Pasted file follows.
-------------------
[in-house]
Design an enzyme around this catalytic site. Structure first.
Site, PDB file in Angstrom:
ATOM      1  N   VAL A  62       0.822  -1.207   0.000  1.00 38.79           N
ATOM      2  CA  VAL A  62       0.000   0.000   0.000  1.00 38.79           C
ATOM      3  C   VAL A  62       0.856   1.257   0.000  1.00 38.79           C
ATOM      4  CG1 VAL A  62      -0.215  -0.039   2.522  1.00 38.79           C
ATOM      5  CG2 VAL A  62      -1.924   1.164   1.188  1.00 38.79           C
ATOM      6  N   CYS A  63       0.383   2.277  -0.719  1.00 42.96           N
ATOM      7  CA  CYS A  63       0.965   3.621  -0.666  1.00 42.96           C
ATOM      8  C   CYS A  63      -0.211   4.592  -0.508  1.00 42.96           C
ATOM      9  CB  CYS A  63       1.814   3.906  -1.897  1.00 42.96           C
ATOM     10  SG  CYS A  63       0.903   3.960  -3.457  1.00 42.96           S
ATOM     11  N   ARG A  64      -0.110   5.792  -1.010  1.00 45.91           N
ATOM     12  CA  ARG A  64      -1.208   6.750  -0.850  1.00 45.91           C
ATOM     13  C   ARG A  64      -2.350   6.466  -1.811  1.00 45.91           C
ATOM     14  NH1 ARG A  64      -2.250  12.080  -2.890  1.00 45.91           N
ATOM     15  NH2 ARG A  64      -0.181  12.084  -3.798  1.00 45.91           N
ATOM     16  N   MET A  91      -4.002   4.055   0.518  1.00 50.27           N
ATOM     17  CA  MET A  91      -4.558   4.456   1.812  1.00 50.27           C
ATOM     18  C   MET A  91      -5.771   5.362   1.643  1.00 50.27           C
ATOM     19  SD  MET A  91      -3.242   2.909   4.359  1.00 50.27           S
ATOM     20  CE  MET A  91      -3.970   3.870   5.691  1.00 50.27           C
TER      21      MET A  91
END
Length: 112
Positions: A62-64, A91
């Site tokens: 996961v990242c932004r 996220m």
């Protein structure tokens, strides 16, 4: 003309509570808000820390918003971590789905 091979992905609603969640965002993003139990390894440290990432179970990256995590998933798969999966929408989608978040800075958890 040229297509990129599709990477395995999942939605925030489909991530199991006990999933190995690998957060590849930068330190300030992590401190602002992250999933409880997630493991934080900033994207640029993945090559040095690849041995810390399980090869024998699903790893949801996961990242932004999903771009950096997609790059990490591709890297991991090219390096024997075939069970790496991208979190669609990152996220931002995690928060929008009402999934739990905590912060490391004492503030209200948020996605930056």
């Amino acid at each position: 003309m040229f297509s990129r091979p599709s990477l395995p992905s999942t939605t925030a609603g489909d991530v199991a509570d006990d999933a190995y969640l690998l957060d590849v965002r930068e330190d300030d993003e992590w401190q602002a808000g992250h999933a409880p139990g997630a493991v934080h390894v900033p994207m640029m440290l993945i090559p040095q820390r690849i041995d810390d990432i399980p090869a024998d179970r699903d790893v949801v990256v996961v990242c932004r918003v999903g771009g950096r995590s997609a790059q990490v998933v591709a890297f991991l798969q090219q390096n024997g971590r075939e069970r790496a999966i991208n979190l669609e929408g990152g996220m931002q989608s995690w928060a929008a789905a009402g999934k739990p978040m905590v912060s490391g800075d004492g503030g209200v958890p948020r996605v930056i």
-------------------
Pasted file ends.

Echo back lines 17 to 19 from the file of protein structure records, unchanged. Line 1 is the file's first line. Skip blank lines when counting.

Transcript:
ATOM     14  NH1 ARG A  64      -2.250  12.080  -2.890  1.00 45.91           N
ATOM     15  NH2 ARG A  64      -0.181  12.084  -3.798  1.00 45.91           N
ATOM     16  N   MET A  91      -4.002   4.055   0.518  1.00 50.27           N